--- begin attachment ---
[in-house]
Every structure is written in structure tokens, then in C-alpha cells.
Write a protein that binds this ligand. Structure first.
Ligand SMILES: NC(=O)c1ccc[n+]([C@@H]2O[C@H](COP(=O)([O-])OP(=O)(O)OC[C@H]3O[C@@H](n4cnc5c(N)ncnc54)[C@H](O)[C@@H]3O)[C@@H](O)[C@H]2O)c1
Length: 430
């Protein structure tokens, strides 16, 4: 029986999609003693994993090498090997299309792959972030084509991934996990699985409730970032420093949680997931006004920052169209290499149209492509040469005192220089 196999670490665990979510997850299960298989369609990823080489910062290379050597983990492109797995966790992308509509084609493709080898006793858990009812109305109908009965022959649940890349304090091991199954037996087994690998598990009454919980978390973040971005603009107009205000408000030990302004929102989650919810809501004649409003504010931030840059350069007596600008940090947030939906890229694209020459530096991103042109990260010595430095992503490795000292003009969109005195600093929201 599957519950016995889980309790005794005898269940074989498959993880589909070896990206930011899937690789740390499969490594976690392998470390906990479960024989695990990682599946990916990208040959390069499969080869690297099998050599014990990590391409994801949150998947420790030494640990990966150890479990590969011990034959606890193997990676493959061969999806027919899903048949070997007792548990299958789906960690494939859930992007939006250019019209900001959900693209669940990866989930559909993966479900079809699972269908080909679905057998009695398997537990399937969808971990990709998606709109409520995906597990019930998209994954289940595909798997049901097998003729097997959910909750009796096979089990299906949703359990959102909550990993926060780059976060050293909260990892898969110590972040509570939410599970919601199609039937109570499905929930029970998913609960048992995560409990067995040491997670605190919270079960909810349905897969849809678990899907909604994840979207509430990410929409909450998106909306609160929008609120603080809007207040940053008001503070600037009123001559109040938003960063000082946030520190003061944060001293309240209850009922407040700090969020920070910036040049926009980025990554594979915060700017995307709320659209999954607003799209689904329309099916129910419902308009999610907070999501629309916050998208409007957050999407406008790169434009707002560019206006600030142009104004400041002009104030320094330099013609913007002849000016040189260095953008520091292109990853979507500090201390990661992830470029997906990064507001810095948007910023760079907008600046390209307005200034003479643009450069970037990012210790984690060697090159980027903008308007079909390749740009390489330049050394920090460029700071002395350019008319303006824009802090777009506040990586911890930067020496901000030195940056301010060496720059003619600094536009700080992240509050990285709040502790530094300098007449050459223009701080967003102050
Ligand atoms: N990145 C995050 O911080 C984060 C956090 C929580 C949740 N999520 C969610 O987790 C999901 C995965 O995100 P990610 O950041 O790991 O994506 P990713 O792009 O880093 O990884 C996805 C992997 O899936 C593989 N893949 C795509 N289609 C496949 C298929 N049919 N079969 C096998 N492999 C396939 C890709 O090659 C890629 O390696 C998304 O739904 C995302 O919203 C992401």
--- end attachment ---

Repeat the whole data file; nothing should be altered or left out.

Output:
[in-house]
Every structure is written in structure tokens, then in C-alpha cells.
Write a protein that binds this ligand. Structure first.
Ligand SMILES: NC(=O)c1ccc[n+]([C@@H]2O[C@H](COP(=O)([O-])OP(=O)(O)OC[C@H]3O[C@@H](n4cnc5c(N)ncnc54)[C@H](O)[C@@H]3O)[C@@H](O)[C@H]2O)c1
Length: 430
């Protein structure tokens, strides 16, 4: 029986999609003693994993090498090997299309792959972030084509991934996990699985409730970032420093949680997931006004920052169209290499149209492509040469005192220089 196999670490665990979510997850299960298989369609990823080489910062290379050597983990492109797995966790992308509509084609493709080898006793858990009812109305109908009965022959649940890349304090091991199954037996087994690998598990009454919980978390973040971005603009107009205000408000030990302004929102989650919810809501004649409003504010931030840059350069007596600008940090947030939906890229694209020459530096991103042109990260010595430095992503490795000292003009969109005195600093929201 599957519950016995889980309790005794005898269940074989498959993880589909070896990206930011899937690789740390499969490594976690392998470390906990479960024989695990990682599946990916990208040959390069499969080869690297099998050599014990990590391409994801949150998947420790030494640990990966150890479990590969011990034959606890193997990676493959061969999806027919899903048949070997007792548990299958789906960690494939859930992007939006250019019209900001959900693209669940990866989930559909993966479900079809699972269908080909679905057998009695398997537990399937969808971990990709998606709109409520995906597990019930998209994954289940595909798997049901097998003729097997959910909750009796096979089990299906949703359990959102909550990993926060780059976060050293909260990892898969110590972040509570939410599970919601199609039937109570499905929930029970998913609960048992995560409990067995040491997670605190919270079960909810349905897969849809678990899907909604994840979207509430990410929409909450998106909306609160929008609120603080809007207040940053008001503070600037009123001559109040938003960063000082946030520190003061944060001293309240209850009922407040700090969020920070910036040049926009980025990554594979915060700017995307709320659209999954607003799209689904329309099916129910419902308009999610907070999501629309916050998208409007957050999407406008790169434009707002560019206006600030142009104004400041002009104030320094330099013609913007002849000016040189260095953008520091292109990853979507500090201390990661992830470029997906990064507001810095948007910023760079907008600046390209307005200034003479643009450069970037990012210790984690060697090159980027903008308007079909390749740009390489330049050394920090460029700071002395350019008319303006824009802090777009506040990586911890930067020496901000030195940056301010060496720059003619600094536009700080992240509050990285709040502790530094300098007449050459223009701080967003102050
Ligand atoms: N990145 C995050 O911080 C984060 C956090 C929580 C949740 N999520 C969610 O987790 C999901 C995965 O995100 P990610 O950041 O790991 O994506 P990713 O792009 O880093 O990884 C996805 C992997 O899936 C593989 N893949 C795509 N289609 C496949 C298929 N049919 N079969 C096998 N492999 C396939 C890709 O090659 C890629 O390696 C998304 O739904 C995302 O919203 C992401």